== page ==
"Inverted Jenny" reissued by U.S. Post
This souvenir sheet features a new version of perhaps the most famous error in the history of U.S. stamps: the Inverted Jenny, a 1918 misprint that highlights the ways a single stamp can turn history upside down.
The sheet includes six Inverted Jenny stamps, reprinted with an updated denomination and surrounded by an illustration that includes the National Postal Museum in Washington, D.C.; the route of the first regularly scheduled airmail service between Washington, Philadelphia, and New York; and aviation pioneer Reuben H. Fleet, who was in charge of the first group of airmail pilots.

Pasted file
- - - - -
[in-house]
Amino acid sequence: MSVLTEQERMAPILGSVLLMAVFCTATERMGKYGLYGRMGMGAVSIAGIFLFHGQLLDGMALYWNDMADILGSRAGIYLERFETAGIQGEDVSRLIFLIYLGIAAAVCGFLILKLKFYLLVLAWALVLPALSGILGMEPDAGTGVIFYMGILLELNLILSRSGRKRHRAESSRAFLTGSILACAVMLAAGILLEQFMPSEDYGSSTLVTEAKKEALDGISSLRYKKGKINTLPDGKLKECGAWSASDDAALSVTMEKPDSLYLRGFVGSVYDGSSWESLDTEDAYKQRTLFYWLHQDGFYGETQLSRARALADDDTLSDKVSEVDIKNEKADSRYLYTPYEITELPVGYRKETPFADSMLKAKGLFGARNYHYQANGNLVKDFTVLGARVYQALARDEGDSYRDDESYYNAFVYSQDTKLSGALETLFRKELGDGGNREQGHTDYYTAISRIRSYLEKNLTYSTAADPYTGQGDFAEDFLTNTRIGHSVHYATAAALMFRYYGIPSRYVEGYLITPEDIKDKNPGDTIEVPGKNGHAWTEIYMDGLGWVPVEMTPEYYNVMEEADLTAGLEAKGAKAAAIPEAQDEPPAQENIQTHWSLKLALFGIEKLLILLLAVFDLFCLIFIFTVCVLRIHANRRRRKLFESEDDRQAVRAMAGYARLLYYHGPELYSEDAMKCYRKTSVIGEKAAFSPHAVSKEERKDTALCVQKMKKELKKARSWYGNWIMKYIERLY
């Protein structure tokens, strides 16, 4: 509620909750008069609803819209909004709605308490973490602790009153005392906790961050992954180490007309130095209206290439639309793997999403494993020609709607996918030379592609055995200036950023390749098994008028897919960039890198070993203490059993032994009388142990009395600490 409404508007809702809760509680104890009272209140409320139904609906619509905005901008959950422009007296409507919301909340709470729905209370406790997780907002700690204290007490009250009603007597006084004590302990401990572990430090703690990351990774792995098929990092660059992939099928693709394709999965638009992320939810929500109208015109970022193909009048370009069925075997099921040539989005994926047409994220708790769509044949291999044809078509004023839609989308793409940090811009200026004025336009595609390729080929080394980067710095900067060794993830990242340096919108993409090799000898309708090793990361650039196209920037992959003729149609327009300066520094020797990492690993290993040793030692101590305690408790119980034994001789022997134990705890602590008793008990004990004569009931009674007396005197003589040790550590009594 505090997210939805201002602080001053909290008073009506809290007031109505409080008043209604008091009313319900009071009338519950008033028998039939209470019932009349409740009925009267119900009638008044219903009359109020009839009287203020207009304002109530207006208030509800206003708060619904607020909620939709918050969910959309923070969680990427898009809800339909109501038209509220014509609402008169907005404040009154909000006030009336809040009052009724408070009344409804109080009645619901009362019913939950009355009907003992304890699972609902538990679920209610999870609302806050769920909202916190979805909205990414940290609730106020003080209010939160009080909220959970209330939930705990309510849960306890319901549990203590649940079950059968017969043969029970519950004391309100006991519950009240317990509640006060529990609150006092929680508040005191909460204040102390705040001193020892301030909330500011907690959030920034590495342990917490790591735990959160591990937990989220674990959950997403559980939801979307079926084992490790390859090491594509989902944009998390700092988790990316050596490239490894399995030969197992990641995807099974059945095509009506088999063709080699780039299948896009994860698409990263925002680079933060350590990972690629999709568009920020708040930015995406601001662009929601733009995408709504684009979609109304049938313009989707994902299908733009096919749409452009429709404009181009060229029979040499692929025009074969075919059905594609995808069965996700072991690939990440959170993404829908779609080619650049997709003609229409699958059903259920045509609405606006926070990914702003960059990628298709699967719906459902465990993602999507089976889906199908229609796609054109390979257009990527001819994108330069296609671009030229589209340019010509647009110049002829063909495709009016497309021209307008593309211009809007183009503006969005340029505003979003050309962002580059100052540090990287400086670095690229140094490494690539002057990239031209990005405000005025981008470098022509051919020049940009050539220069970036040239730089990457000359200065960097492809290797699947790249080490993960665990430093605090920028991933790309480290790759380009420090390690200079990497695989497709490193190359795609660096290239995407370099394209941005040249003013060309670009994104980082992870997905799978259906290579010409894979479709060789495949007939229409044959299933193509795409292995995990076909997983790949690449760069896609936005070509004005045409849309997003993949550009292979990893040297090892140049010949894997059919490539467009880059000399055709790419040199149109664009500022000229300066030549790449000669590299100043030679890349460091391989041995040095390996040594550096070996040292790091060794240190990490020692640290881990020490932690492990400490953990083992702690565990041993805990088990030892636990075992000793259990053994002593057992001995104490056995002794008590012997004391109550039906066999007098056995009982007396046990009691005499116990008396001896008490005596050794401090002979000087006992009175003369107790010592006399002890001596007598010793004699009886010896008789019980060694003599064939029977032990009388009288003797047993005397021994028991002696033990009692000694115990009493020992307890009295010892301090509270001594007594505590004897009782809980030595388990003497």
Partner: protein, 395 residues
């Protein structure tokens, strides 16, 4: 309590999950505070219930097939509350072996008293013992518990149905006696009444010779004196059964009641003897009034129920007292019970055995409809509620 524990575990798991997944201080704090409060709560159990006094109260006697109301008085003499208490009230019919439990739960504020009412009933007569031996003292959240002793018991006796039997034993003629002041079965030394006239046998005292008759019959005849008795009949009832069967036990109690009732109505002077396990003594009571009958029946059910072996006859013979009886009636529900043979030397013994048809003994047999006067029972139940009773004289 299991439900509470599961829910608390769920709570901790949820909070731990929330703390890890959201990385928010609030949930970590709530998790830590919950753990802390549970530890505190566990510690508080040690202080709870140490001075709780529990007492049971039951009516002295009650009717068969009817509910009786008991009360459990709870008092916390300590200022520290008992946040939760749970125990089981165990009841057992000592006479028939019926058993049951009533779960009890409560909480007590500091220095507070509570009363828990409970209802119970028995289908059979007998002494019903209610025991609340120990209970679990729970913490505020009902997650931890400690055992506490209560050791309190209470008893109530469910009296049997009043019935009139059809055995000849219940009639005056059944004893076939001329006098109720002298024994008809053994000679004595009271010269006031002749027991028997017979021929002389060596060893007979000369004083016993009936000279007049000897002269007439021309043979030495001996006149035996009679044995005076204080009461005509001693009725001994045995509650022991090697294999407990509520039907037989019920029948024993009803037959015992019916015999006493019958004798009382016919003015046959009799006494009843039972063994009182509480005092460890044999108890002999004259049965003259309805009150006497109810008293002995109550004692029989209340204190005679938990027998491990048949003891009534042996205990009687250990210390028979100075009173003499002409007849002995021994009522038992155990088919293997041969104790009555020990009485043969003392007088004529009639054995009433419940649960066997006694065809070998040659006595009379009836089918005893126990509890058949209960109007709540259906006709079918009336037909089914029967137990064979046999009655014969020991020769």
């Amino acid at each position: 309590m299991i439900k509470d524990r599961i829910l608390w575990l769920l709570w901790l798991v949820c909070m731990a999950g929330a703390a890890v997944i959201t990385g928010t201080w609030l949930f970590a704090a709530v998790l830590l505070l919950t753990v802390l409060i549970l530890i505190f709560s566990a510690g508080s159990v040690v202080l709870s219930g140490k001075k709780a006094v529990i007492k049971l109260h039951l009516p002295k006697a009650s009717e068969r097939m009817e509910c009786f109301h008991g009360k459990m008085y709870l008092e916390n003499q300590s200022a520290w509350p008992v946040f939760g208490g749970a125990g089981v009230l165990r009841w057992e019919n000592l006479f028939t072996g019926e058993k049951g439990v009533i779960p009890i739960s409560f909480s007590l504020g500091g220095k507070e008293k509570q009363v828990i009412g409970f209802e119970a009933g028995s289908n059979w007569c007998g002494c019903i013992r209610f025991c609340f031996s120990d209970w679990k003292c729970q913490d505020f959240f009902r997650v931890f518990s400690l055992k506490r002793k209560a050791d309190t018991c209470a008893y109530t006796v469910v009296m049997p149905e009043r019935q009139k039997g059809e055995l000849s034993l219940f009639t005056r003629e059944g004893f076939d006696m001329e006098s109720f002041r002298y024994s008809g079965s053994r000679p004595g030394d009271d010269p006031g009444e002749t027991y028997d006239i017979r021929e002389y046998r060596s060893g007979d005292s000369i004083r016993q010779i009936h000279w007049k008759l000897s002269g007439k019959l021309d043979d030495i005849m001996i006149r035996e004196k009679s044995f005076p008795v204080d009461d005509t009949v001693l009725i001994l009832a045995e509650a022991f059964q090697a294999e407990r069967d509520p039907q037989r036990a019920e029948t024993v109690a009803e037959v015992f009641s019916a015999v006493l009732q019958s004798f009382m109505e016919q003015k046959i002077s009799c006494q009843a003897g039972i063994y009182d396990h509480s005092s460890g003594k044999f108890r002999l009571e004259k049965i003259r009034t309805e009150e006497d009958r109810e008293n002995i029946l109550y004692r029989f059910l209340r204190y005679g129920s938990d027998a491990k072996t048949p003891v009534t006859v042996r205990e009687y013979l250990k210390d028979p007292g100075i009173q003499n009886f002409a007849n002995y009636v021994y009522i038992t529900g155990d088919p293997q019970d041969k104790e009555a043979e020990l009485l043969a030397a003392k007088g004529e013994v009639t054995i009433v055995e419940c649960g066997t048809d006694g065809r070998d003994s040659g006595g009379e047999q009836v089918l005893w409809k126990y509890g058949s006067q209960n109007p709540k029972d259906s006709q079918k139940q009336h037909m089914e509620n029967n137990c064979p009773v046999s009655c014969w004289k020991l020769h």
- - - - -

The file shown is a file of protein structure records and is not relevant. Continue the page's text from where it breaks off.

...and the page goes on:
Originally issued on May 14, 1918, to commemorate the start of the first regular airmail service the following day, the original Jenny stamp was designed to show a Curtiss JN-4H, or "Jenny," the biplane used to deliver the mail. However, one sheet of 100 stamps that mistakenly showed the biplane upside down was sold on the first day of issue to a collector in Washington, D.C. — and one of the greatest philatelic treasures in U.S. history was released into the world.
The art director for this souvenir sheet was Antonio Alcala. The selvage artwork was created by Steven Noble.
The new Inverted Jenny stamp is being reprinted with a $2 denomination to make it easily distinguishable from the 24-cent 1918 original.